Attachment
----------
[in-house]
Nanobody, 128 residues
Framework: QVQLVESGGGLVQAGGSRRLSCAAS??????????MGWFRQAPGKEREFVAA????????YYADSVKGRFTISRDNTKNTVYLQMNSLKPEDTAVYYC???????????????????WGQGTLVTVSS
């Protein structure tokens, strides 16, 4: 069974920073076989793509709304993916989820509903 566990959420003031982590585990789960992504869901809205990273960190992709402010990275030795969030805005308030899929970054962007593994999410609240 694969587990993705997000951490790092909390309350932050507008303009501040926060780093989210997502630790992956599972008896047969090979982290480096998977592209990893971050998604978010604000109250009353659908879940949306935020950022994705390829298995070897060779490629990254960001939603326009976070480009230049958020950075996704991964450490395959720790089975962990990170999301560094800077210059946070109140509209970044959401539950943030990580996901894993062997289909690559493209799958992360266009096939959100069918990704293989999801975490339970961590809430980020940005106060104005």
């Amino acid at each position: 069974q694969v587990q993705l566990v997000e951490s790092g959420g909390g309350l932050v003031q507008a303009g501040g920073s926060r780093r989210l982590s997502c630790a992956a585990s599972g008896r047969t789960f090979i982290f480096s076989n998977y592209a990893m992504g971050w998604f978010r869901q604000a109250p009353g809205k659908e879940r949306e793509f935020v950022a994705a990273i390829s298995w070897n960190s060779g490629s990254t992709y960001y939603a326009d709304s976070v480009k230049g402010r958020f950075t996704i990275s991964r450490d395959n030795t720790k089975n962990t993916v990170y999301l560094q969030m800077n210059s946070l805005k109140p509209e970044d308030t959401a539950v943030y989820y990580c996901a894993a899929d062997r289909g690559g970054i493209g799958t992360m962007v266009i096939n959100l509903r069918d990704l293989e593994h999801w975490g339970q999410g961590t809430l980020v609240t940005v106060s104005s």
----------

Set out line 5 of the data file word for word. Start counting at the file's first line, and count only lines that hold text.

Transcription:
């Amino acid at each position: 069974q694969v587990q993705l566990v997000e951490s790092g959420g909390g309350l932050v003031q507008a303009g501040g920073s926060r780093r989210l982590s997502c630790a992956a585990s599972g008896r047969t789960f090979i982290f480096s076989n998977y592209a990893m992504g971050w998604f978010r869901q604000a109250p009353g809205k659908e879940r949306e793509f935020v950022a994705a990273i390829s298995w070897n960190s060779g490629s990254t992709y960001y939603a326009d709304s976070v480009k230049g402010r958020f950075t996704i990275s991964r450490d395959n030795t720790k089975n962990t993916v990170y999301l560094q969030m800077n210059s946070l805005k109140p509209e970044d308030t959401a539950v943030y989820y990580c996901a894993a899929d062997r289909g690559g970054i493209g799958t992360m962007v266009i096939n959100l509903r069918d990704l293989e593994h999801w975490g339970q999410g961590t809430l980020v609240t940005v106060s104005s």